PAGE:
The only word of caution to someone who scores so highly on this test is the need to be wary of over-confidence, to the extent that others perceive you as brash or cocky. You should at all times maintain a sense of reality, and bear in mind that success is something that needs to be worked hard for and will not just happen automatically.

25–39 points

You appear to be a generally confident person with a positive outlook. Although you are prepared to take a few risks in life, you are in the main someone who prefers security to a gamble. As you are not seen as over-confident, this means that you are able to interact with people on an equal basis, and this ability to interact with others is likely to make you a good team player.

You are likely to take a positive outlook in most situations, and have the ability to make decisions in a careful, measured and structured manner after weighing up all the options carefully.


Fewer than 25 points

As your score indicates a lack of self-confidence in your own abilities, you need to consider adopting certain strategies for developing your confidence. This entails first of all analyzing the reasons why you do not possess the self-confidence of others. One reason may be because it is simply the way you are. Many people are of a somewhat nervous disposition, or are so over-modest about their achievements that they tend to run themselves down.

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Recommendations

There are other negative assumptions that individuals lacking self-confidence tend to make about themselves, which it is possible to address. These include:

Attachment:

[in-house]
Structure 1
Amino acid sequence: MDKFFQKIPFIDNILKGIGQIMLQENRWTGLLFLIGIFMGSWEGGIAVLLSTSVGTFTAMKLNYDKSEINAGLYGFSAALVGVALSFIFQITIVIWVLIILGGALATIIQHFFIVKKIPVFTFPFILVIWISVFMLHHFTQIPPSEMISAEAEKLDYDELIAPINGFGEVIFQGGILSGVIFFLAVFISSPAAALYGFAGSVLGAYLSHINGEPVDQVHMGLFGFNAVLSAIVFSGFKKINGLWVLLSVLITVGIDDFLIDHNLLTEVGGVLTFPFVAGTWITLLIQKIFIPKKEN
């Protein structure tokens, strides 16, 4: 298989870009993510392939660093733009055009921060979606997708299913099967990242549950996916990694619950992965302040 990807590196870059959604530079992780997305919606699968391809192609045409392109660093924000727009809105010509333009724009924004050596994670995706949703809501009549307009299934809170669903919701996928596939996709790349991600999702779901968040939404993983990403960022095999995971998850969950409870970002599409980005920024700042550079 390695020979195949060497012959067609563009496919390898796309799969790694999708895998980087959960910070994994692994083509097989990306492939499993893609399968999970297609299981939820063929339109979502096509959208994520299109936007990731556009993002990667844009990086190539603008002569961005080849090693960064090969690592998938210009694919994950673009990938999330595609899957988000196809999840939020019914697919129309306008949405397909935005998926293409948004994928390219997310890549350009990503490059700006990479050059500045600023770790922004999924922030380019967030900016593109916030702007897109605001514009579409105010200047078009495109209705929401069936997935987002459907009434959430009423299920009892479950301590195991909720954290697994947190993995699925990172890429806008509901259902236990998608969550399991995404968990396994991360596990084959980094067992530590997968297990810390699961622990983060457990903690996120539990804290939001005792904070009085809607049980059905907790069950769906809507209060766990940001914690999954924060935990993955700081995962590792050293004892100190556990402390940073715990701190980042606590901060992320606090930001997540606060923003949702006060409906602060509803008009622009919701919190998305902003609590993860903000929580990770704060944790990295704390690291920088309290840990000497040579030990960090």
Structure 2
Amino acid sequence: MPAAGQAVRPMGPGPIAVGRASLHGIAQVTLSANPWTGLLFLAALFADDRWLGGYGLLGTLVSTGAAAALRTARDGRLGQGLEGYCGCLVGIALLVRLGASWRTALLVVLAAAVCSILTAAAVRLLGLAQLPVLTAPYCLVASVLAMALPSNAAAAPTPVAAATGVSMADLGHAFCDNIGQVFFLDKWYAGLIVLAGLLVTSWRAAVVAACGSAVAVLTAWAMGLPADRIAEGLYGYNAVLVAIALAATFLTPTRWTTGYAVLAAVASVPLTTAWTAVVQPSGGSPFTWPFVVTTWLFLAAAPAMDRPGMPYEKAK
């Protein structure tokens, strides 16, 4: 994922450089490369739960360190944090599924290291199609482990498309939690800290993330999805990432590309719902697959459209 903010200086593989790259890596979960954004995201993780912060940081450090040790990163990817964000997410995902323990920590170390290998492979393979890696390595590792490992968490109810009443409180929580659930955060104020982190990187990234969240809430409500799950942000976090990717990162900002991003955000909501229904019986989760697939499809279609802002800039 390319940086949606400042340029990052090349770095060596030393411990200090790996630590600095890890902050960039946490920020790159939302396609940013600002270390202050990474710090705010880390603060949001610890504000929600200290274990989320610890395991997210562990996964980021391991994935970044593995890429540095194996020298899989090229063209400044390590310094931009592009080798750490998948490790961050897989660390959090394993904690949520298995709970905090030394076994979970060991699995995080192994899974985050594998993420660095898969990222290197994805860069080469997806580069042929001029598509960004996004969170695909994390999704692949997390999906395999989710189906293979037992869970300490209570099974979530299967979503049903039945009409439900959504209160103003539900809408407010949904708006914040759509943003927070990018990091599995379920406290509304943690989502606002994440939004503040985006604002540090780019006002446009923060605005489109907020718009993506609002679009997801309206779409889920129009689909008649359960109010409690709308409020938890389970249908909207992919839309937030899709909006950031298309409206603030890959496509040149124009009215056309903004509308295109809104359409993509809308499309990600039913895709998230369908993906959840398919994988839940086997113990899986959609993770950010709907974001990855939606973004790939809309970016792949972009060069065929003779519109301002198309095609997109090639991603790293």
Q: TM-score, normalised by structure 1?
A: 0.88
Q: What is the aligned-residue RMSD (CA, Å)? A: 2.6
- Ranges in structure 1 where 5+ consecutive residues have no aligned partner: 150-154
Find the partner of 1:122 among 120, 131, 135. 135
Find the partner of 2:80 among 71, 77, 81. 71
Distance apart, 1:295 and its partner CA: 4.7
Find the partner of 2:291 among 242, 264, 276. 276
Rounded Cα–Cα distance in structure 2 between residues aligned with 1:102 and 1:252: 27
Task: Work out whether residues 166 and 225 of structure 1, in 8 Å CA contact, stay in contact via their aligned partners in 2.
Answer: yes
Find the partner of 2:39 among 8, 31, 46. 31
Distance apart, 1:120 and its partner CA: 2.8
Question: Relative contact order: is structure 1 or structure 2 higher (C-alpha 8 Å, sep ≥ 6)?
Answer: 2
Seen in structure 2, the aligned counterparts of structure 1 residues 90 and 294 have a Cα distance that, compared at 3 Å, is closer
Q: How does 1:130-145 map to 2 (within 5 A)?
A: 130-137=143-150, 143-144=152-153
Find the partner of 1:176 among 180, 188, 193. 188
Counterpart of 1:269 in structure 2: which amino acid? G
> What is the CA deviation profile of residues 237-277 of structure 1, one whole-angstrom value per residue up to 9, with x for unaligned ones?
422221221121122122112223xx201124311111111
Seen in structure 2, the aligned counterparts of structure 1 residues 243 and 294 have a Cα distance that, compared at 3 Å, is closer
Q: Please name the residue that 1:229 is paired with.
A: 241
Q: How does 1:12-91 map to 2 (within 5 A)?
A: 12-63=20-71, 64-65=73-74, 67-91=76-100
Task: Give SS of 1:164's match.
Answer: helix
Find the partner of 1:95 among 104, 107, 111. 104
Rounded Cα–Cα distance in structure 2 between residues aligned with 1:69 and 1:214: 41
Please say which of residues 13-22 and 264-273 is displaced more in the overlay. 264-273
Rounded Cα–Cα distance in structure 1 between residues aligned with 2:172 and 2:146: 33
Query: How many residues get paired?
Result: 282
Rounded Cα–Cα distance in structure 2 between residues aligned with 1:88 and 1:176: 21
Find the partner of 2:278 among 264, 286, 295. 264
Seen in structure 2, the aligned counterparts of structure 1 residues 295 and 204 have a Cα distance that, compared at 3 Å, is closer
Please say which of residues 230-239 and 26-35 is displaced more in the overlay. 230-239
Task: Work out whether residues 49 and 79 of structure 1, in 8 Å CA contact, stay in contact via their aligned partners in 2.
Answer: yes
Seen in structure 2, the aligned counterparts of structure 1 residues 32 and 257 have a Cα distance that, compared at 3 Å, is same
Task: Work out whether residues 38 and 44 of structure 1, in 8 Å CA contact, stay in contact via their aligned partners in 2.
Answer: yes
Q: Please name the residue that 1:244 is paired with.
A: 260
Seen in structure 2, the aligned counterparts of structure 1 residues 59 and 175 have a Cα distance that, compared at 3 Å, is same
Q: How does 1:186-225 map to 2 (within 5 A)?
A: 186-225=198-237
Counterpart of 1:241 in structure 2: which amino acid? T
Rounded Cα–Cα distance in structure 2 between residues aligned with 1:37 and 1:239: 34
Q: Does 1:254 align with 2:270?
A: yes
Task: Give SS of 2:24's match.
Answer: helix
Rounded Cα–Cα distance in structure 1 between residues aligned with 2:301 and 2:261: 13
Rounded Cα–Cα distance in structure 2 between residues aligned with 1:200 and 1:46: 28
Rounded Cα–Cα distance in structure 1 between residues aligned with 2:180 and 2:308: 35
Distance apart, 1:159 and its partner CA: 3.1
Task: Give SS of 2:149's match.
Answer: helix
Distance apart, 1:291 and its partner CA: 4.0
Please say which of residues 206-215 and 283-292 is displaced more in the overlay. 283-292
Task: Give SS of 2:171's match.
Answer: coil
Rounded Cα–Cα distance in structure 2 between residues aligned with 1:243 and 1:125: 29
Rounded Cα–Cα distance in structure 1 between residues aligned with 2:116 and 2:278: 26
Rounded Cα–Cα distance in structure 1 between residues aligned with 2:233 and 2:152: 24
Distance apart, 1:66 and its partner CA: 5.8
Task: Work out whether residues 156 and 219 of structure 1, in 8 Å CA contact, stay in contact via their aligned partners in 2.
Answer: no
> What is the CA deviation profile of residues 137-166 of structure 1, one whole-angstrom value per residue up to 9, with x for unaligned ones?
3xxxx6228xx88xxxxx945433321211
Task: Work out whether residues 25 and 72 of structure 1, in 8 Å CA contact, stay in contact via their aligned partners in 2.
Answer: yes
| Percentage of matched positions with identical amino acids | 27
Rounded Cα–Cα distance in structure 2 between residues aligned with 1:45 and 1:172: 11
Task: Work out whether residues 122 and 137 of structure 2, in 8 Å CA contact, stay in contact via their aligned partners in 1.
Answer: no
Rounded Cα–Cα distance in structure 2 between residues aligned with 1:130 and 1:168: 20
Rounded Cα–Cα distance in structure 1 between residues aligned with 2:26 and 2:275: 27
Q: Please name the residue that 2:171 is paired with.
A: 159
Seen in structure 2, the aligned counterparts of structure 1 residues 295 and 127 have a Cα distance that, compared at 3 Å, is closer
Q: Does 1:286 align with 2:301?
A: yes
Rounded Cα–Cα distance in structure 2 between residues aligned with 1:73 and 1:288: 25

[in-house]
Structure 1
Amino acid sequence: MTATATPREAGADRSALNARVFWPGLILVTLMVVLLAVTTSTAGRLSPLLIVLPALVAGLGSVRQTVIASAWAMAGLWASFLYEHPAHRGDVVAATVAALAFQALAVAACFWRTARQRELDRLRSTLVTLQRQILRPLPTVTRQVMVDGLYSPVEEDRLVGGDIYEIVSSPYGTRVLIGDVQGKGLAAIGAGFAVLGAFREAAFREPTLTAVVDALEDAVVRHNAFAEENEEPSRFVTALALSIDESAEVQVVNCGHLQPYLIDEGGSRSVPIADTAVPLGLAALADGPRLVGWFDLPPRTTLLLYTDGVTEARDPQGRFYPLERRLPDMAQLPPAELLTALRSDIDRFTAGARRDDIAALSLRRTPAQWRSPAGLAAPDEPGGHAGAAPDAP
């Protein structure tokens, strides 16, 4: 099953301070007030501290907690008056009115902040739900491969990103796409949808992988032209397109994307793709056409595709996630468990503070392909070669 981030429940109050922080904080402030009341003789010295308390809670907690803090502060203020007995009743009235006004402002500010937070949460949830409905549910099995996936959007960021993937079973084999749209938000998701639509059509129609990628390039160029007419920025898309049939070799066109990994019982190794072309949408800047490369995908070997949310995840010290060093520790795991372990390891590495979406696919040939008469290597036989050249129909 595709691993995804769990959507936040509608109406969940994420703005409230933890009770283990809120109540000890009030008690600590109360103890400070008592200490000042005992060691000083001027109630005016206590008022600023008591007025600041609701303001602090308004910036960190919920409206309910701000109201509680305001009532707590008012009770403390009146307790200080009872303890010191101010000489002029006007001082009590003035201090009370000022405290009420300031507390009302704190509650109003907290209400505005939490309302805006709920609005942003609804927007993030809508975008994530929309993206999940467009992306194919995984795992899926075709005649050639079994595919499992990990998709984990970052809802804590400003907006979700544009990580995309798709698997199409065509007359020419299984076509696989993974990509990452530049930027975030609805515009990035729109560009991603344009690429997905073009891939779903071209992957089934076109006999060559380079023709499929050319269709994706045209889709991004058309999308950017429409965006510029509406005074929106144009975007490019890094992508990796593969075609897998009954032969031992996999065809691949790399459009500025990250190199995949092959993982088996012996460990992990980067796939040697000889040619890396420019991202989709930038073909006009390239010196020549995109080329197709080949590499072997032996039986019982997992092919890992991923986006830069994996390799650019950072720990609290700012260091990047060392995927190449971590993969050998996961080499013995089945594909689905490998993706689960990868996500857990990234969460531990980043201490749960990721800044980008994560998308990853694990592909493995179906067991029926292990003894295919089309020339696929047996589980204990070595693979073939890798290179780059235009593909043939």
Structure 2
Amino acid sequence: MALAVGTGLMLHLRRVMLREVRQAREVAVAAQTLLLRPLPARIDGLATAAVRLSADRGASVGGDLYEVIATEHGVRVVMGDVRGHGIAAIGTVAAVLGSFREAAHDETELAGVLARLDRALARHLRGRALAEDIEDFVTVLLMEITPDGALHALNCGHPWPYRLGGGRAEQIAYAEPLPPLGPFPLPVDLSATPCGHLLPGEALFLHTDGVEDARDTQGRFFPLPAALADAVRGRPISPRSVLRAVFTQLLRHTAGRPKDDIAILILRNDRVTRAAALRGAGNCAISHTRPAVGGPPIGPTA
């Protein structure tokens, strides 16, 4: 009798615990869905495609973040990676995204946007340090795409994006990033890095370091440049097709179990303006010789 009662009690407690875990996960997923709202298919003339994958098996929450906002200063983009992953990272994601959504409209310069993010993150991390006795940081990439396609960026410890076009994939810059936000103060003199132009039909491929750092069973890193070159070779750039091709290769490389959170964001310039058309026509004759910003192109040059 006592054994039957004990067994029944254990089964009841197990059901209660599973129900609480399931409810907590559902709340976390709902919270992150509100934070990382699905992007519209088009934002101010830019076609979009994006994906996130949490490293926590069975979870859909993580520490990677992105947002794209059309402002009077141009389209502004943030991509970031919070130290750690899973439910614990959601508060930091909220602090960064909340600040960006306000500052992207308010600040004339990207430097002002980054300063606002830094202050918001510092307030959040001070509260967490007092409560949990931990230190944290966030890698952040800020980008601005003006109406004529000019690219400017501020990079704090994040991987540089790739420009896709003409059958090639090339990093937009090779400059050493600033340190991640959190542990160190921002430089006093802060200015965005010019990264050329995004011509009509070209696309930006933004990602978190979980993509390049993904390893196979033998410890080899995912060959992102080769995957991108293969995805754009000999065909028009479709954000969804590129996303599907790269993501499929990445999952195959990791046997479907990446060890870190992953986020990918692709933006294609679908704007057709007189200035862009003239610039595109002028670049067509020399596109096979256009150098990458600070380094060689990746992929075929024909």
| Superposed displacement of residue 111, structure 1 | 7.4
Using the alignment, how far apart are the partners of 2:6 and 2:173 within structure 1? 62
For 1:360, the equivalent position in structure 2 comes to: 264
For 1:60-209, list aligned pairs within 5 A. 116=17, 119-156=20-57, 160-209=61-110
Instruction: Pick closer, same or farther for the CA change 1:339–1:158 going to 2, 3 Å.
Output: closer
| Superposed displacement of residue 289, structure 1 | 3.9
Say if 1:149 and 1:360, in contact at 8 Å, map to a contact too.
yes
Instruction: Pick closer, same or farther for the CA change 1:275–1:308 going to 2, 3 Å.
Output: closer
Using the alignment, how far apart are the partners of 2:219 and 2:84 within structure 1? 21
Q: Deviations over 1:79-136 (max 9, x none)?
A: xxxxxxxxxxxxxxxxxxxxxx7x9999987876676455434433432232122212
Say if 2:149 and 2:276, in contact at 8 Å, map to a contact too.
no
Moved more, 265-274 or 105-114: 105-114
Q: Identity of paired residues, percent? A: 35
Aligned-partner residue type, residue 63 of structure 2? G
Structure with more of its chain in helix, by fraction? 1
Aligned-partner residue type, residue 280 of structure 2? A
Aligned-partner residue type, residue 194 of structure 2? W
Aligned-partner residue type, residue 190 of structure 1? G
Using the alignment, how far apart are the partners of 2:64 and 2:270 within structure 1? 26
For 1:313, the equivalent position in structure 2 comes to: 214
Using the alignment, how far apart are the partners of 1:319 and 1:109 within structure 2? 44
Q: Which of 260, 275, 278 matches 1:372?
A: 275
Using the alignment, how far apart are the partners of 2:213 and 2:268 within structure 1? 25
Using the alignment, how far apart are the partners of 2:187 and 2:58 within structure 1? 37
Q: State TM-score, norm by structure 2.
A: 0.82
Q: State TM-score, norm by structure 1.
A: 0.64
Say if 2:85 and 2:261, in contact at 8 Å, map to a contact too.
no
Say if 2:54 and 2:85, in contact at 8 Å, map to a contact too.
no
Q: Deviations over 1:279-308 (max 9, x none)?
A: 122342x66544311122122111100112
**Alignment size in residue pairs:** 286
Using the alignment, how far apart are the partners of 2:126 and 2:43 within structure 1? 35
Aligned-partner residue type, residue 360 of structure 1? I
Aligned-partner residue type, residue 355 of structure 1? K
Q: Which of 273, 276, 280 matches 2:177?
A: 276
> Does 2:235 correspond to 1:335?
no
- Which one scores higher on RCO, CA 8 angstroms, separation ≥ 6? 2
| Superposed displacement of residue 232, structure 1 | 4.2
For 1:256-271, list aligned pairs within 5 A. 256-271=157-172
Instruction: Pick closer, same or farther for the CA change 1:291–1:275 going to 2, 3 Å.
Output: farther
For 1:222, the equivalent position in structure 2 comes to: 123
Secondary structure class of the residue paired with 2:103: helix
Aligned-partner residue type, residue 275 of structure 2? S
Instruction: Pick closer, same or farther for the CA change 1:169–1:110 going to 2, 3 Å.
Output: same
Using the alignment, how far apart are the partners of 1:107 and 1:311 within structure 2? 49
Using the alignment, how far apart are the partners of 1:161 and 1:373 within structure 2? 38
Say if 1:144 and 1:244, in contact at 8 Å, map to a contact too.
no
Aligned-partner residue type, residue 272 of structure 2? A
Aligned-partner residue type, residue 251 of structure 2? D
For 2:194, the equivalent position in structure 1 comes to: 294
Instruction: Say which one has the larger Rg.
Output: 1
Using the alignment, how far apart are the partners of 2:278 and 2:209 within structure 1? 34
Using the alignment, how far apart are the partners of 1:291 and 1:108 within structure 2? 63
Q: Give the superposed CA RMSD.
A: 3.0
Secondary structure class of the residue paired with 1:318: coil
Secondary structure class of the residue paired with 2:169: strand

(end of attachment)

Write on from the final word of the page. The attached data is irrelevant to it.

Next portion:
* The belief that they are a failure, and not looking at the positive aspects of their life;
* The pessimistic attitude that disaster is always lurking around the next corner, and that even when things appear to be looking up and running smoothly someone, or something, is certain to throw a spanner in the works very soon;
* Magnifying everything negative that happens out of all proportion;
* Looking at others and thinking they have done better than them;
* Taking a generally negative view about many aspects of their life: who they are, what they have achieved and what they will achieve.

Instead of adopting these attitudes, strategies that can be adopted for developing confidence include:
* Evaluate and emphasize your strengths. Give yourself credit for everything you try to achieve. Focus on your achievements and any talents you possess.
* Nothing ventured nothing gained! Do not be afraid of taking risks. Regard risk taking as not so much a gamble, but the chance to grasp new opportunities. Even if you fail, be upbeat and give yourself credit for trying, View the failure as a learning experience and as achieving some personal growth.
* Learn to evaluate yourself instead of letting other people do it for you. Often lack of self-confidence is the result of focusing too much on the unrealistic aspirations of others such as parents, or the standards and lifestyle of others in society. Instead, focus on how you feel about yourself and your lifestyle. This will make you feel more in charge of your own life.
* Do not expect perfection. There is no such thing. Learn to accept yourself with all your imperfections, at the same time balancing this with the desire to improve.
* Do not assume you always have to please everyone. Develop your own standards that are not dependent on the approval of others.
* Do not let your past rule your life. Develop the confidence to move on and make choices when circumstances dictate this is the best course of action.

Adopting the above strategies should have the effect of making you believe more in your own abilities in the future. If you can gain more confidence, it will in turn encourage more people to have confidence in you, with the result that you could become a stronger, more respected person, and have more potential to achieve success in life.

Source: “IQ and Psychometric Tests”, by Philip Carter